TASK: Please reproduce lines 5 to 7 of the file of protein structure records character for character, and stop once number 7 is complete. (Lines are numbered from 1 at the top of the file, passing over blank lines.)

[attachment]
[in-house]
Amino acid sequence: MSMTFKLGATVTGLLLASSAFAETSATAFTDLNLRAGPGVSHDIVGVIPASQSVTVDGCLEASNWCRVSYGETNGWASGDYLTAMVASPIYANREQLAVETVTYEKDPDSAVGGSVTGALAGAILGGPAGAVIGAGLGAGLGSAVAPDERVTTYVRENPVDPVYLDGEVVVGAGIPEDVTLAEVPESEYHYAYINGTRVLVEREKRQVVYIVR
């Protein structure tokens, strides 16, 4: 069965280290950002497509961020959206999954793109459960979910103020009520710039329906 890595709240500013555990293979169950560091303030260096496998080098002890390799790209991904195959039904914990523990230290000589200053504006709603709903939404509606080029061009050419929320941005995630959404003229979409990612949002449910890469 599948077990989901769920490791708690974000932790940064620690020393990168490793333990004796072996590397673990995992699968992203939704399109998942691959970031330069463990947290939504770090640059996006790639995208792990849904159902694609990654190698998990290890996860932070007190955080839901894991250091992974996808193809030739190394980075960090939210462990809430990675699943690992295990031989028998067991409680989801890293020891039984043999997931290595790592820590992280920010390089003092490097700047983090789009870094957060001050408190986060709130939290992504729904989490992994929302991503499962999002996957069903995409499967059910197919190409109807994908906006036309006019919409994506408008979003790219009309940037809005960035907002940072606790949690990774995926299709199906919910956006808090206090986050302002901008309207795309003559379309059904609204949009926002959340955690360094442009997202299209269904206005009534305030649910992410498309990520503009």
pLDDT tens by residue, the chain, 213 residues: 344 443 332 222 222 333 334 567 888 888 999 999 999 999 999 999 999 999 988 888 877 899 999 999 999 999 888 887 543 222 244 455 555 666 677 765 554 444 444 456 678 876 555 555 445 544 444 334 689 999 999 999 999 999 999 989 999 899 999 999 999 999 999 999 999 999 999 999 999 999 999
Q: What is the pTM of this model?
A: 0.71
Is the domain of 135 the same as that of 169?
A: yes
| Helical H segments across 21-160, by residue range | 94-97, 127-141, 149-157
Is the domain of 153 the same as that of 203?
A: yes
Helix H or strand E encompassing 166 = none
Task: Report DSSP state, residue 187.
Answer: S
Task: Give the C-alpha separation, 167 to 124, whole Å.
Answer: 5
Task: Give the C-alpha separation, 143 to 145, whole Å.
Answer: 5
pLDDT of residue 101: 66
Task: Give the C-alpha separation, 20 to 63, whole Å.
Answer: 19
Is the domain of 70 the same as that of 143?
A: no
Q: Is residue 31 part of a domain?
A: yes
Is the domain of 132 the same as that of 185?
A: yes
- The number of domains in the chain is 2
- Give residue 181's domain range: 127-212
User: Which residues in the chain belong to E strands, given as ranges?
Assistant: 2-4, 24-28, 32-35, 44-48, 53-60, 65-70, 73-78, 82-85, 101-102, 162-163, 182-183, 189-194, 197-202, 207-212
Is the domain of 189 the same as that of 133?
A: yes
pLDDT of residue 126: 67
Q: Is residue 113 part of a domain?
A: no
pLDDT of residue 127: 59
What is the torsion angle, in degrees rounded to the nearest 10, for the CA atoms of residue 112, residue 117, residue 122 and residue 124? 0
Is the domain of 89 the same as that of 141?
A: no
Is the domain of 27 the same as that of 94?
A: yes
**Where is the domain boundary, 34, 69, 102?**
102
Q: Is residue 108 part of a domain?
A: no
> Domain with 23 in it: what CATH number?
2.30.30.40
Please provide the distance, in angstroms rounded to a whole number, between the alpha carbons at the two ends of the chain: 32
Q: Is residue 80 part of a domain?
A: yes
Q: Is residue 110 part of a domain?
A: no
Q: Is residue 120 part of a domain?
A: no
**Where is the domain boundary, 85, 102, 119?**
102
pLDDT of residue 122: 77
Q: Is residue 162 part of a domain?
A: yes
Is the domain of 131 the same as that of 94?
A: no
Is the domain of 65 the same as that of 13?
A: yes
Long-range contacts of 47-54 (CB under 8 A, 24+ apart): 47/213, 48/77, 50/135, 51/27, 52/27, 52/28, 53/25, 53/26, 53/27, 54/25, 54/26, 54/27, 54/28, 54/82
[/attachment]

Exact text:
Q: What is the pTM of this model?
A: 0.71
Is the domain of 135 the same as that of 169?